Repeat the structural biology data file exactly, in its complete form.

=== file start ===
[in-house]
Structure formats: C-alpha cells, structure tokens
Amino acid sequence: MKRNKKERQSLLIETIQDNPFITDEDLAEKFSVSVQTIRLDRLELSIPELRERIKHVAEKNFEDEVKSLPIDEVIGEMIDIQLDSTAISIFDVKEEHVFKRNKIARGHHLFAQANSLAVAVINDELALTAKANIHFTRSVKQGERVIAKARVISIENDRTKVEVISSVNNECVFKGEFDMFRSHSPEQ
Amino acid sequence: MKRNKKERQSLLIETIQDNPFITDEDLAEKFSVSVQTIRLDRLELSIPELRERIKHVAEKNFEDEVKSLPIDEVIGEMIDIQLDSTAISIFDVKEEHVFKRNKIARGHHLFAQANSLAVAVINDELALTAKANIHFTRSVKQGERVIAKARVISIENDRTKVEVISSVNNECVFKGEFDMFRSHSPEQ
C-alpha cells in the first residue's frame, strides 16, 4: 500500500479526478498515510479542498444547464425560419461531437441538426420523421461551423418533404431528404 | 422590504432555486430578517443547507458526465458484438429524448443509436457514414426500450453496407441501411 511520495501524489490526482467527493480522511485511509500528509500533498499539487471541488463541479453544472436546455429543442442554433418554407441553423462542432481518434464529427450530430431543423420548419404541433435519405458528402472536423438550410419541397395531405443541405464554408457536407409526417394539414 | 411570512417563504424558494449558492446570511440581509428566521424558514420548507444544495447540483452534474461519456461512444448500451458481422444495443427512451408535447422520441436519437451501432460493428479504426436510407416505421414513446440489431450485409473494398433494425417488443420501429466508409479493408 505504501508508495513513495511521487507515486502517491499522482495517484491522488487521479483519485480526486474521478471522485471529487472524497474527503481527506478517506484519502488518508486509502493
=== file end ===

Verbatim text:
[in-house]
Structure formats: C-alpha cells, structure tokens
Amino acid sequence: MKRNKKERQSLLIETIQDNPFITDEDLAEKFSVSVQTIRLDRLELSIPELRERIKHVAEKNFEDEVKSLPIDEVIGEMIDIQLDSTAISIFDVKEEHVFKRNKIARGHHLFAQANSLAVAVINDELALTAKANIHFTRSVKQGERVIAKARVISIENDRTKVEVISSVNNECVFKGEFDMFRSHSPEQ
Amino acid sequence: MKRNKKERQSLLIETIQDNPFITDEDLAEKFSVSVQTIRLDRLELSIPELRERIKHVAEKNFEDEVKSLPIDEVIGEMIDIQLDSTAISIFDVKEEHVFKRNKIARGHHLFAQANSLAVAVINDELALTAKANIHFTRSVKQGERVIAKARVISIENDRTKVEVISSVNNECVFKGEFDMFRSHSPEQ
C-alpha cells in the first residue's frame, strides 16, 4: 500500500479526478498515510479542498444547464425560419461531437441538426420523421461551423418533404431528404 | 422590504432555486430578517443547507458526465458484438429524448443509436457514414426500450453496407441501411 511520495501524489490526482467527493480522511485511509500528509500533498499539487471541488463541479453544472436546455429543442442554433418554407441553423462542432481518434464529427450530430431543423420548419404541433435519405458528402472536423438550410419541397395531405443541405464554408457536407409526417394539414 | 411570512417563504424558494449558492446570511440581509428566521424558514420548507444544495447540483452534474461519456461512444448500451458481422444495443427512451408535447422520441436519437451501432460493428479504426436510407416505421414513446440489431450485409473494398433494425417488443420501429466508409479493408 505504501508508495513513495511521487507515486502517491499522482495517484491522488487521479483519485480526486474521478471522485471529487472524497474527503481527506478517506484519502488518508486509502493